Nobody in the economic intelligentsia is implying that the IMF is staffed by paranoid cranks. They continue to ignore and belittle the Austrian school. This pompous and undeserved behavior will go on until it’s too late. In the process, the ivory tower disciples of Keynes will only further prove their intellectual bankruptcy. The average person never trusted them to begin with. And things certainly won’t change now.
Back in the 1980s, Irwin Schiff, anti-tax activist, political prisoner, and father of free-market pundit Peter Schiff, wrote a marvelous comic book titled How an Economy Grows and Why It Doesn’t, which teaches economic principles through a light-hearted story.
The comic starts with three islanders - Able, Baker, and Charlie...
The most commonly used introduction in any Forex business for the past 3 years: "US or Non-US"
"...the numbers that they crank out to make everybody feel good are almost as phony as the numbers that the Argentine government cranks out... I would say that inflation is realistically in the 8-10% range here in the US—and it’s going much higher. The growth is all a fantasy. It’s all a result of the assumption that there is no inflation, when there really is because what we have is inflation masquerading as economic growth. But the bottom line is the economy is really contracting, that’s why the labor force is shrinking, that’s why we’re using less energy, that’s why the people’s standard of living is going down, and real incomes are falling and job opportunities are disappearing. It’s because we’re in a recession and no one wants to admit it."
Having provided his clarifying perspective on why the markets are extremely fragile and due for a 20-30% correction, Marc Faber was assaulted by CNBC's Scott Wapner reading off a litany of recent calls that have not worked out as planned. His response was notable: "I started to work in 1970, and over that career, somehow, somewhere, I must have made some right calls; otherwise I wouldn't be in business." What CNBC then edited out of the transcript was Faber pointing out his 22% annualized return in his publicly-viewable funds since then and asking - sounding somewhat frustrated at the anchor's mockery (and background snickers) - "I wonder what the CNBC portfolio would look like since 1999?" The response: silence.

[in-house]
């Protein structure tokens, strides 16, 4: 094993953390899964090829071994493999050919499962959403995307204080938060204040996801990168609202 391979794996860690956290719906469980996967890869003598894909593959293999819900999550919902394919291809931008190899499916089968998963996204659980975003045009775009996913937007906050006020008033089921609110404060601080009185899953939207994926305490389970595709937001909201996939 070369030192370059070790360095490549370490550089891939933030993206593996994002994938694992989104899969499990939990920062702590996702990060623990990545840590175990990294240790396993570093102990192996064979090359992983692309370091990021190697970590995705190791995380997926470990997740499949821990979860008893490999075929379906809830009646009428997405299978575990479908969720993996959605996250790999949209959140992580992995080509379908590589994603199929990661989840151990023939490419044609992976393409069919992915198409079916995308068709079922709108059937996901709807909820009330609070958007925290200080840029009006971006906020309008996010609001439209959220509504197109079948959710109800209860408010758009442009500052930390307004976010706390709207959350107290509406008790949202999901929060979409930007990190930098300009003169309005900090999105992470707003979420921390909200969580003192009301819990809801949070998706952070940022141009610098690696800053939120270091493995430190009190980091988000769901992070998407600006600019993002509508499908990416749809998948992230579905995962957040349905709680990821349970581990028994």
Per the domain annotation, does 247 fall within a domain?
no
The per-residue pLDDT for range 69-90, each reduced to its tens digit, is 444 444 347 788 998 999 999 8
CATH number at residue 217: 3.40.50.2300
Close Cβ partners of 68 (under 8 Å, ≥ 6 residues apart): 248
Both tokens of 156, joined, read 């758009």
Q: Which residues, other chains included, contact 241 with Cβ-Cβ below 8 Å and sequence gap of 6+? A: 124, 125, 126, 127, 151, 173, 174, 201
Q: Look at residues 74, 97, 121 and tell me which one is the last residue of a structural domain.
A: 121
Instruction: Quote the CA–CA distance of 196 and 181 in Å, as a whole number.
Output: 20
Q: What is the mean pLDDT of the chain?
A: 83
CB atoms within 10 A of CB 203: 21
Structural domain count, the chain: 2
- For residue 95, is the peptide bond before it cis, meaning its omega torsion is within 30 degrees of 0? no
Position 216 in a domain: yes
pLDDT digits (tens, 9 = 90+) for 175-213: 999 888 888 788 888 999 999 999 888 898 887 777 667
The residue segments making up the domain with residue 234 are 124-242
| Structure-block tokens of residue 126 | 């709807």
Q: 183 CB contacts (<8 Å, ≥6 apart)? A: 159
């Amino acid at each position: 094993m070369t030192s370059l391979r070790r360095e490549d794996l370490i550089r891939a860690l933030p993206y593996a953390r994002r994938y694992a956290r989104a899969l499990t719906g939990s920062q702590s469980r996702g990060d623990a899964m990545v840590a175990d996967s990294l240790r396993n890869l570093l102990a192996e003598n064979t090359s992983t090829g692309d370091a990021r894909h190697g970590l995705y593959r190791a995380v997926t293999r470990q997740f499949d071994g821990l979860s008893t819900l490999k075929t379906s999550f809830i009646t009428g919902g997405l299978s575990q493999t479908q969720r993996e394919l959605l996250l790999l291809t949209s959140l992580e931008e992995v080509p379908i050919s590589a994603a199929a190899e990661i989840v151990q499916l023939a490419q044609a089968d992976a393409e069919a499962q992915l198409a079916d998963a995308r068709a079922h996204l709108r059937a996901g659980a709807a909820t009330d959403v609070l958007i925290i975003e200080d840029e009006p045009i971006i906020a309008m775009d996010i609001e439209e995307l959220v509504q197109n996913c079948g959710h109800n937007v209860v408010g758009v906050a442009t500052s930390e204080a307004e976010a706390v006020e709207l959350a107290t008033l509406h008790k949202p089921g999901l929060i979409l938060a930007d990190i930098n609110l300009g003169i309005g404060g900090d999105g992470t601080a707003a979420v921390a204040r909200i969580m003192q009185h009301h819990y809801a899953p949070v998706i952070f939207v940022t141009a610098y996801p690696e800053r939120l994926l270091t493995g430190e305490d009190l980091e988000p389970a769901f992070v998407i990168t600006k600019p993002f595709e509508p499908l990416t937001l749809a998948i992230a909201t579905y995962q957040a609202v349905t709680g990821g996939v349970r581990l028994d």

"First they ignore you, then they ridicule you, then they fight you, and then you win." Mahatma Gandhi
"It is no crime to be ignorant of economics... but it is totally irresponsible to have a loud and vociferous opinion on economic subjects while remaining in this state of ignorance." - Murray Rothbard
The American financial establishment has an incredible ability to celebrate the inconsequential while ignoring the vital. Last week, while the Wall Street Journal pondered how the Fed may set interest rates three to four years in the future (an exercise that David Stockman rightly compared to debating how many angels could dance on the head of a pin), the media almost completely ignored one of the most chilling pieces of financial news that I have ever seen. According to a small story in the Financial Times, some Fed officials would like to require retail owners of bond mutual funds to pay an "exit fee" to liquidate their positions. Come again? That such a policy would even be considered tells us much about the current fragility of our bond market and the collective insanity of layers of unnecessary regulation.
As increasingly more conspiracy 'theories' become conspiracy 'facts', The History Channel discusses "The Gold Conspiracy" in this brief documentary. Gold is one of the most precious metals in the world. A glittering commodity so rare that people will go to great lengths to obtain it. But who sets the price? And what are the secret methods to control its value? History uncovers the clandestine world surrounding the highly prized precious metal. How much gold does the United States really have – and where is it locked away? Is the American government overstating the amount of gold in its reserves to create the mystique of financial superiority?